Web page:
The current loudspeaker market has a high demand for portable audio devices. Hence, the miniaturization of loudspeakers (microspeakers) is of great importance for manufacturers. Traditional loudspeakers – for example the electrodynamic loudspeaker – are the forerunners, but so-called MEMS loudspeakers (Micro-Electro-Mechanical-System) have emerged recently. MEMS devices have already been used for sensors (i.e., microphones) to a great extend due to their advantages regarding form factor and production efficiency. Albeit additional challenges for actuators like moving enough air with a microstructure – as it is the case for a loudspeaker – the usage of MEMS technology for loudspeakers is very attractive. Since especially low-frequency audio signals often pose problems for microspeakers, this article focuses on a new sound generation technique called Advanced Digital Sound Reconstruction (ADSR) which is especially well-suited for low-frequency audio signals since ADSR can generate more volume displacement relative to its size. Based on a general description of the principle, an outlook of the possibilities regarding achievable sound pressure compared to the classical excitation scheme is derived. Furthermore, measurements are presented, which aim to prove the concept of ADSR based on already existing actuators.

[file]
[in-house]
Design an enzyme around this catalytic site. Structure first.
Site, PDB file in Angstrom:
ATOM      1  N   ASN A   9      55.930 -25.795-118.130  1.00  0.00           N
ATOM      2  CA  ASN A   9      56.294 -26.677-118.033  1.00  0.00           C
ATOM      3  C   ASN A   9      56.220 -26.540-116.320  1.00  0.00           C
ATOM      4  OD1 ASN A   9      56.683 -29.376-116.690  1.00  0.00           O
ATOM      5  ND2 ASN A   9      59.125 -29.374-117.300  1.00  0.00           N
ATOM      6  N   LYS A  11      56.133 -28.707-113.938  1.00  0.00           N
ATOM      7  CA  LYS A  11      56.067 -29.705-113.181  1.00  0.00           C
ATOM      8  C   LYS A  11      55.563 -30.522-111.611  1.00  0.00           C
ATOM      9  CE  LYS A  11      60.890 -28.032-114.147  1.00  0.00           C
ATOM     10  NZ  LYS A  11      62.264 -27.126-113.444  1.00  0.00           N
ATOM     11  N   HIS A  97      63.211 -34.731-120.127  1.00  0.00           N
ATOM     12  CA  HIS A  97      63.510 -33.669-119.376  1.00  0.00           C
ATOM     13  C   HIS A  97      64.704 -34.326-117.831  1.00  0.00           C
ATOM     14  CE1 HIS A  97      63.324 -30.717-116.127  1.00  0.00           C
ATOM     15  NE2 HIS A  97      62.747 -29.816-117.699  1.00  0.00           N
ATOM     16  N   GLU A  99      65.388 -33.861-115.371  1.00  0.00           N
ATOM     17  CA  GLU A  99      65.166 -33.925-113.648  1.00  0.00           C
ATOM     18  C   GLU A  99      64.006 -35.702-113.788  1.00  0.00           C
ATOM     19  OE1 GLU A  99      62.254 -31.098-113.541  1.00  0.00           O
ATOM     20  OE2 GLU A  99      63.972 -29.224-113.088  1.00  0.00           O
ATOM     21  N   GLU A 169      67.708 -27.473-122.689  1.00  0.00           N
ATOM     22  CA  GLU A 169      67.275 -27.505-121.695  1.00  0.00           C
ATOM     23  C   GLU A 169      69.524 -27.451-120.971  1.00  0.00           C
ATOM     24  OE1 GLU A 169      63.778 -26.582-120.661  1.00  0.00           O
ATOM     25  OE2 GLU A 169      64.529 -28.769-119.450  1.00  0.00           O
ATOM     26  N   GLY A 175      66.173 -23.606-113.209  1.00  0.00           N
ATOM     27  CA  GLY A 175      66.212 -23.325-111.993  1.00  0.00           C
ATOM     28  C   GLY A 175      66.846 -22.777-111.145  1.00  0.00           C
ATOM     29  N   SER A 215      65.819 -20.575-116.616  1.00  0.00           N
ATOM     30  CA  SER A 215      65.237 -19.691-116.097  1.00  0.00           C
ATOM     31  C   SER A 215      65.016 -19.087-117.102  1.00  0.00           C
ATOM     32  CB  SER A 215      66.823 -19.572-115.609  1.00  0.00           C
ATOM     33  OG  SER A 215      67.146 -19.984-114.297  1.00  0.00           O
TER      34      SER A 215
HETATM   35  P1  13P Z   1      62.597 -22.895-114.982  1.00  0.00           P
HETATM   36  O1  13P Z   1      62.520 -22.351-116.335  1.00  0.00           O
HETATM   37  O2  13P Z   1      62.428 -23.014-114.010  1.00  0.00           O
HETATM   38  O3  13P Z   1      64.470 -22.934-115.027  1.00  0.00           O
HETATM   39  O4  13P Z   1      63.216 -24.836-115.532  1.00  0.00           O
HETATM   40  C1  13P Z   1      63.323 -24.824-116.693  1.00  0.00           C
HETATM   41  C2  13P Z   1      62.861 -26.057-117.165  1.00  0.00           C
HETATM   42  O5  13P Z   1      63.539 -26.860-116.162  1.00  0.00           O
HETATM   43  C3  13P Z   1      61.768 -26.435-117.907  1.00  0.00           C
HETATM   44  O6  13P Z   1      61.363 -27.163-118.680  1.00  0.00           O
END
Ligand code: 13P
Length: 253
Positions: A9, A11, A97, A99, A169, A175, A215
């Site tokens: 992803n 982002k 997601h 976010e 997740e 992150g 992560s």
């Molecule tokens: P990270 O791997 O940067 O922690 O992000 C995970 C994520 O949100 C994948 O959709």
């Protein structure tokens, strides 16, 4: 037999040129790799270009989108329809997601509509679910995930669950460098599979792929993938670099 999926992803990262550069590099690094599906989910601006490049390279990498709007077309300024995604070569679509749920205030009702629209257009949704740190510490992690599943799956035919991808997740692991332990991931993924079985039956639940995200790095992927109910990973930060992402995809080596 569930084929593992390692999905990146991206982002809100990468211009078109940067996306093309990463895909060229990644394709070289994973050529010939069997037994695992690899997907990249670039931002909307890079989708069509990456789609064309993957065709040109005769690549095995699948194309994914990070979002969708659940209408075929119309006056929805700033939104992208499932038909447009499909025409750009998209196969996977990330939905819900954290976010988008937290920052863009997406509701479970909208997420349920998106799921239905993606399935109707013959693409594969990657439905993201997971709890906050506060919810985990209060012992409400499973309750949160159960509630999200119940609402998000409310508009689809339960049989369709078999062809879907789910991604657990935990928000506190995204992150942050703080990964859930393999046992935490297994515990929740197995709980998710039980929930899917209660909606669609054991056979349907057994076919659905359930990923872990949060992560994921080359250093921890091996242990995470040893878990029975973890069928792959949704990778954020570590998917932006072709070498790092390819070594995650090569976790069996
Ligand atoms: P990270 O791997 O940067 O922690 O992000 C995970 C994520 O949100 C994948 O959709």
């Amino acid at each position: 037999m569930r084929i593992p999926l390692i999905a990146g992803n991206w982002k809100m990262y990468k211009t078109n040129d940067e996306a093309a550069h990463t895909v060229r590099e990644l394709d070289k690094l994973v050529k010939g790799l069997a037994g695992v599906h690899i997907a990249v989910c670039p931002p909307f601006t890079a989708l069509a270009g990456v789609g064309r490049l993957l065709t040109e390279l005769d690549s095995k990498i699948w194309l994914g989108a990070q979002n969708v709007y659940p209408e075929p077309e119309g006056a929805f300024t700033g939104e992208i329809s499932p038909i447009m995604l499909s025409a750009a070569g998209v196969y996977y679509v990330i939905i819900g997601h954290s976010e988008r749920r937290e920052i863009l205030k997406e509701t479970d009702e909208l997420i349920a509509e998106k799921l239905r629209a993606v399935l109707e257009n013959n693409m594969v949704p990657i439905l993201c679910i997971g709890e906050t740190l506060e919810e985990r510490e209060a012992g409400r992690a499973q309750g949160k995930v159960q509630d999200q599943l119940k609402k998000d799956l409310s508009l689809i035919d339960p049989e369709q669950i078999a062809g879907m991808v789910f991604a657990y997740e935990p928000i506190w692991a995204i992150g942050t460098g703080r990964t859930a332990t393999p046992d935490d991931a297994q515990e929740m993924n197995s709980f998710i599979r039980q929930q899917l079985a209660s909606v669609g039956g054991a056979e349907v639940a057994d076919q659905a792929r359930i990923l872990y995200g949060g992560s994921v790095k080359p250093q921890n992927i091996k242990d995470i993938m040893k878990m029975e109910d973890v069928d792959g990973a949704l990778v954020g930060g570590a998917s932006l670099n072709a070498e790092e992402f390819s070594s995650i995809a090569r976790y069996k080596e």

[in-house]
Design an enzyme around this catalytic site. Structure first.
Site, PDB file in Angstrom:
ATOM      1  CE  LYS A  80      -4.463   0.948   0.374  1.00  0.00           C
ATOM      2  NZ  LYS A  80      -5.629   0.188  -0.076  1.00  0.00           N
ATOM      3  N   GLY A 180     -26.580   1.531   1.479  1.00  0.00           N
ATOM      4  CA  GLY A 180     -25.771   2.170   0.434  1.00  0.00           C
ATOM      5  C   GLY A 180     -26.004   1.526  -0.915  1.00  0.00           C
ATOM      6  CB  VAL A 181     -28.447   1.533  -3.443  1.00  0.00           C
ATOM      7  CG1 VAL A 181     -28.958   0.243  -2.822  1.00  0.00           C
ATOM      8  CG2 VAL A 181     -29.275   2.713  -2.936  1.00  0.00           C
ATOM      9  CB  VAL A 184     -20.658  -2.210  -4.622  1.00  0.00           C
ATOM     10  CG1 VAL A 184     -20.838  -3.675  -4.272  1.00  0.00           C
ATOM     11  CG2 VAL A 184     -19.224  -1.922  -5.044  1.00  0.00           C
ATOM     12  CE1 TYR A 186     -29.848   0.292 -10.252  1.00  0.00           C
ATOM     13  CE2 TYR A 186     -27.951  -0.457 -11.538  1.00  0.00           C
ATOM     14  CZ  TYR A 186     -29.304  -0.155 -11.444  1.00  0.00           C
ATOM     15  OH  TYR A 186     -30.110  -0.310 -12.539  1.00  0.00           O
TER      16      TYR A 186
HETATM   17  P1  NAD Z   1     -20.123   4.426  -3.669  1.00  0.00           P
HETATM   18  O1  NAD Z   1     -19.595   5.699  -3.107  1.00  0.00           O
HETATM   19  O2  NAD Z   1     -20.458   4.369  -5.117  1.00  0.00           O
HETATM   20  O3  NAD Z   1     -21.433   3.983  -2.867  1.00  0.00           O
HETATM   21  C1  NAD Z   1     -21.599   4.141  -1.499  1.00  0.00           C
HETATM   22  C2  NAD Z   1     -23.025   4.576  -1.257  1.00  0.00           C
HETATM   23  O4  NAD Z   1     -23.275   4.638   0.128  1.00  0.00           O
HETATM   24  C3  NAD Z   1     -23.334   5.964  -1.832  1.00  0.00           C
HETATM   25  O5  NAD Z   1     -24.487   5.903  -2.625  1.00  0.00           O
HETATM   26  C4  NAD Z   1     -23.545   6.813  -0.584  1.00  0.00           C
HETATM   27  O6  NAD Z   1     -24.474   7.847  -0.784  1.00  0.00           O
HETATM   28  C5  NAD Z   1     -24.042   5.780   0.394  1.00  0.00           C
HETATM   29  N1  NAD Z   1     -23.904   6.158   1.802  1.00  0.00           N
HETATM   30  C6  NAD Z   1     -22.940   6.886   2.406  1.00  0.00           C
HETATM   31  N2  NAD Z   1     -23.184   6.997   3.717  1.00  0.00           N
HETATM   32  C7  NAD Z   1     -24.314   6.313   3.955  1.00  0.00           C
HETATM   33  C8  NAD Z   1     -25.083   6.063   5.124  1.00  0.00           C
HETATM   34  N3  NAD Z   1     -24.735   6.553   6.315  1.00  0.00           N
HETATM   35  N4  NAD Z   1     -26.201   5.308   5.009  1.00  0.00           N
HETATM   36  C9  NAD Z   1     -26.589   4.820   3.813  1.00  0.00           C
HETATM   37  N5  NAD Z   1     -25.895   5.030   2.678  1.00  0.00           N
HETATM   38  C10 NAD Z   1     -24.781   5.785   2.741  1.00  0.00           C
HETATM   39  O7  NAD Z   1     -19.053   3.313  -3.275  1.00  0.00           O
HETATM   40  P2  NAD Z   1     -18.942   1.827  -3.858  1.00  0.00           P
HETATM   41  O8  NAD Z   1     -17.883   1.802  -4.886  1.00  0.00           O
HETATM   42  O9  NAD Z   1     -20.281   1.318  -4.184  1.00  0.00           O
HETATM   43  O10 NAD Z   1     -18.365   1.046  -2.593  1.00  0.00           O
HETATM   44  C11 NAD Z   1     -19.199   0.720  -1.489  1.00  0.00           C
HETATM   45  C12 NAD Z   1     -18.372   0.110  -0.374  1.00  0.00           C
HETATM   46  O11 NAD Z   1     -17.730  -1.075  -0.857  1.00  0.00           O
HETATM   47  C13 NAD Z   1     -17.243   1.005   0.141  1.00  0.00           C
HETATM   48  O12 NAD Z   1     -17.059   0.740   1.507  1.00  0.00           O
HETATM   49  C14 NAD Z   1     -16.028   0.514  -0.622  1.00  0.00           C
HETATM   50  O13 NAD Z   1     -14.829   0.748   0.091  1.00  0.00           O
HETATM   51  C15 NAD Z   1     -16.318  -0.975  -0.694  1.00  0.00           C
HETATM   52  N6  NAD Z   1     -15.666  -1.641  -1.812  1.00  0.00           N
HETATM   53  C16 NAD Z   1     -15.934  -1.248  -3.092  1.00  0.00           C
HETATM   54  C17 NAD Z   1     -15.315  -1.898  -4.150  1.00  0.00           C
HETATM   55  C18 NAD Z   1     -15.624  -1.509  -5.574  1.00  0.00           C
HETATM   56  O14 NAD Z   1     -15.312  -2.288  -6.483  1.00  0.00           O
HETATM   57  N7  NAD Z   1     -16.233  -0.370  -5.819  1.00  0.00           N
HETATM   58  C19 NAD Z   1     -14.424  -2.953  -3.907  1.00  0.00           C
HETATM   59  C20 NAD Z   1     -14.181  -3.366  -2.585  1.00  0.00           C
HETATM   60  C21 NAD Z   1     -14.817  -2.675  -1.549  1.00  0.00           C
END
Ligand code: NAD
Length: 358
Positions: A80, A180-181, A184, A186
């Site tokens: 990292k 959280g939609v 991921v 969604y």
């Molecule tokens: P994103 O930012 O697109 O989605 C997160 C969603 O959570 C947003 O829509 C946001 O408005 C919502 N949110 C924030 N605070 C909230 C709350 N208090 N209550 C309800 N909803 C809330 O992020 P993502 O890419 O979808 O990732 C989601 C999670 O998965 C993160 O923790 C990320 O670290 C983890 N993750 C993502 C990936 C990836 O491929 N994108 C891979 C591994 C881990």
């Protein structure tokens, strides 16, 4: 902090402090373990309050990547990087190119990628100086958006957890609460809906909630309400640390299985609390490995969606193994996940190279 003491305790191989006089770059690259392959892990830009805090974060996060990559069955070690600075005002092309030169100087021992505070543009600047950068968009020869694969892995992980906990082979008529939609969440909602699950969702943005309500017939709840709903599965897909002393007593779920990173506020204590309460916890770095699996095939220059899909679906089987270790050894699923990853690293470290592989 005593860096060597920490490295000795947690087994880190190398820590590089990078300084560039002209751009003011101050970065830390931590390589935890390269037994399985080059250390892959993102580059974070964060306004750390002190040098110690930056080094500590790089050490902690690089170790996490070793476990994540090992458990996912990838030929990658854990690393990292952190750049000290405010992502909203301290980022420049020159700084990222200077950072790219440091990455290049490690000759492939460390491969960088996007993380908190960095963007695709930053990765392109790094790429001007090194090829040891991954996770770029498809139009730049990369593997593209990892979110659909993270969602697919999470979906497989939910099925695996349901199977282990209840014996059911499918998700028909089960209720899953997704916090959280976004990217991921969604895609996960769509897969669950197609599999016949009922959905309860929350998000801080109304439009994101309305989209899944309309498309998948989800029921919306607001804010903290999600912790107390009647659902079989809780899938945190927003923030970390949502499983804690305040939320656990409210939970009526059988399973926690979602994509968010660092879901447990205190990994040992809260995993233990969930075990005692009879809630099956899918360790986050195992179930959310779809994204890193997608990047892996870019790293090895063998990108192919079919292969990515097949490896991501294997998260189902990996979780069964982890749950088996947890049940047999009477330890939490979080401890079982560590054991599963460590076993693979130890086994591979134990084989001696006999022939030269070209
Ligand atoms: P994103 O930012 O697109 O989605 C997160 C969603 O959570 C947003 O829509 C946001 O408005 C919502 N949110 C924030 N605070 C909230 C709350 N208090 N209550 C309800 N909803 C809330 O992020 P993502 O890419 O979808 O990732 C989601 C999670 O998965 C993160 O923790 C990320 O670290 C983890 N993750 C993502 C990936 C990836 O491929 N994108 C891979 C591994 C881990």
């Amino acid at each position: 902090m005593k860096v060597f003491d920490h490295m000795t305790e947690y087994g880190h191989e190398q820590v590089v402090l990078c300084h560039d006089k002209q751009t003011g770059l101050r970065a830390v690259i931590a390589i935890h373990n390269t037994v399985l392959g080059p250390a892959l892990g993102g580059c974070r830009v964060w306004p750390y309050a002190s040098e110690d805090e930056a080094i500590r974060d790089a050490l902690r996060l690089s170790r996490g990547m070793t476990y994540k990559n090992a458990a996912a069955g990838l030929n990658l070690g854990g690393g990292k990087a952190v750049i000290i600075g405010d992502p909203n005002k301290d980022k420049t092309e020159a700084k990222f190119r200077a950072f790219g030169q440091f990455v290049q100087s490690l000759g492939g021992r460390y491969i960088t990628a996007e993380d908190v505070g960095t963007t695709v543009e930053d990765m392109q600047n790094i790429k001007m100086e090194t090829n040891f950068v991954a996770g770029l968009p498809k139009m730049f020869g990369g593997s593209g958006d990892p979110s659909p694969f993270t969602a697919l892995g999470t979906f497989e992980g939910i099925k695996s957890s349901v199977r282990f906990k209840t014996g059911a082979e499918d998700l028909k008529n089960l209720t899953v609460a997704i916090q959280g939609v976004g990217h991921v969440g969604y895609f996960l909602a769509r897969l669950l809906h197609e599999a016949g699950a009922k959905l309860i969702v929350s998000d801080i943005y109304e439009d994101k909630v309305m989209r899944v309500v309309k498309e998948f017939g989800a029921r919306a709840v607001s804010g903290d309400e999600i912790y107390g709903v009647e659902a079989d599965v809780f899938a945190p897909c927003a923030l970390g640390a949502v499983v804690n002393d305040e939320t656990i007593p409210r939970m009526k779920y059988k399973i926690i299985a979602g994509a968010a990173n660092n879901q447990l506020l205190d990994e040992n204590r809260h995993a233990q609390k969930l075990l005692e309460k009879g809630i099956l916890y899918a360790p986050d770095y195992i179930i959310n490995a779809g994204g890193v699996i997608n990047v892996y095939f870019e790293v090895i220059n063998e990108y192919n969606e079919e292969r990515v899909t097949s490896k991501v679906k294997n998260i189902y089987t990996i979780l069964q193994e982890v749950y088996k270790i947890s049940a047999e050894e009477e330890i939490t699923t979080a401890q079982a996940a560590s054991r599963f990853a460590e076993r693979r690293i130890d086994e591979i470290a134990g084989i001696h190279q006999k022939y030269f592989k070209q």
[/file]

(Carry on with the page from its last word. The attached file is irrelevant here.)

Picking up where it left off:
ASJC Scopus subject areas
- Electrical and Electronic Engineering